It has never been a better time to be a fan of samurai games and classic Japanese cinema-inspired experiences. From Nioh to Ghost of Tsushima, game developers are starting to show their love for the genre. Trek to Yomi, developed by Flying Wild Hog, takes this love for films like Yojimbo and Seven Samurai to a new level and is a brilliant distillation of everything that made these movies so iconic. Although it stumbles more than it succeeds, Trek to Yomi is a worthwhile game at the end of its four-hour runtime.
Trek to Yomi opens at the beginning of our hero Hiroki’s journey. As a young, budding samurai, Hiroki undertakes lessons from his sensei as the game’s introductory tutorial system. Before long, a bandit raiding party attacks Hiroki’s village, leaving behind a trail of destruction and taking everything from our hero. Hiroki’s journey of revenge will take him to the depths of his character motivations and even extends beyond his existence into the Yomi afterlife.
While an intriguing premise, Trek to Yomi’s storyline never hits home the way that the game believes it should. For example, the game’s core love interest feels more like a half-baked side story than the overarching themes of duty and community that Hiroki follows. Occasionally, Trek to Yomi offers the players choice in pursuing either Hiroki’s love interest, Aiko, or saving the village that Hiroki calls home but never makes a compelling reason why Hiroki should follow Aiko in the first place. Trek to Yomi’s narrative is at least tightly knit and calls back to itself multiple times, making for a satisfying conclusion upon the game’s end credits.
Where Trek to Yomi proves its brilliance is in its presentation. Any cursory glance at the game will show that everything stylistically and artistically about it is inspired by classic films from directors like Kurosawa. Through the use of monochromatic tones to paint its landscapes, and its remarkable use of lighting within its black and white world, Trek to Yomi manages to look stunning.
It’s the small details that sell the Trek to Yomi experience, like the layer of film grain emulating the imperfections of 35mm film, or the analog delivery of its soundscapes, and it delivers its authenticity better than any other game in the genre. Combat arenas even display their borders through scratched film reels on the screen’s edge. Everything about Trek to Yomi oozes passion and dedication to the movies that inspired it.
All of Trek to Yomi’s art is complemented by its visually striking directorial style. Players progress through the game in a series of combat scenarios where the static camera frames visually compelling shots through its use of background and foreground inter-play. I was often blown away by the larger-than-life cinematic presentation of the game and how Trek to Yomi can offer compelling scenes, sometimes using nothing but silhouettes. That said, Trek to Yomi’s visual style is a bit of a double-edged sword.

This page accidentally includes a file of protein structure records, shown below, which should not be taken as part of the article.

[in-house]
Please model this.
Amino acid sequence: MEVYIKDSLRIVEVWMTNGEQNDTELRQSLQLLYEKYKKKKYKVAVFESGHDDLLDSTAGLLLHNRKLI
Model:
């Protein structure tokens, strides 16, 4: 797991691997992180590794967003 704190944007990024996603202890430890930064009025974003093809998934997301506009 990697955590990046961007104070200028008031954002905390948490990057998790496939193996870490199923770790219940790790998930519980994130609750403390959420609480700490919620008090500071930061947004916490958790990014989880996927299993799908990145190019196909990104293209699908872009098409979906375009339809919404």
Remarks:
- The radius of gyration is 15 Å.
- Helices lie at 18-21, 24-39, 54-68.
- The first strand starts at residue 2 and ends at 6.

While off-angle shots or scenes that look like the camera is nestled between blades of grass are visually intriguing, they tend to hinder the gameplay experience. Often, objects in the foreground obscure the action and make it difficult to see what is happening when an enemy steps in front of a tree or an oddly placed object in the foreground. What’s more, Trek to Yomi frequently pulls back the camera, dwarfing Hiroki and his enemies against a beautiful backdrop and this dwarfing also makes enemy telegraphs quite challenging to read.
Trek to Yomi’s most significant shortcoming is in its combat system, which often feels underdeveloped. Hiroki’s attacks lack weight, and his sword slicing through foes is never satisfying in the same way Ghost of Tsushima’s did with its visceral attacks. It’s disappointing to see in a game where combat is at the core of the gameplay.
Combos rely on alternating between heavy and light attacks, creating new opportunities to stun enemies or break through their defenses. The game also provides other means of attacking, like ranged weapons ranging from bows to shurikens and even a cannon throughout the later portions of the game. However, when factoring in the simplicity of combat, ranged weapons only trivialized Trek to Yomi’s systems more.
Trek to Yomi’s combat really doesn’t take off until the tail end when its whole suite of combos is unlocked, at which point the game starts tossing its most challenging enemies at you. Its most significant challenges only come from managing the stamina meter as enemies face Hiroki one by one.
Even then, most players can find themselves taking advantage of the combat system’s very forgiving parry window and cutting down enemies in one or two hits. Seasoned gamers should consider playing Trek to Yomi in higher-difficulty settings.
Despite Trek to Yomi feeling quite lackluster in its story and barebones combat system, I couldn’t help but get sucked into Hiroki’s journey. Grievances aside, Trek to Yomi is still a very enjoyable game.
One recurring thought I had throughout my time with Trek to Yomi was how much a game’s art style truly influences the experience, and that is where Trek to Yomi thrives. When looking at the game as a playable homage to classic samurai films and less of a gameplay experience but more of a visual experience, fans will find that Trek to Yomi is a great time.
Trek to Yomi – Review
We tell you, it’s a good game! It’s not average! It might have some problems here and there, but you have to admit it is a “Good” game.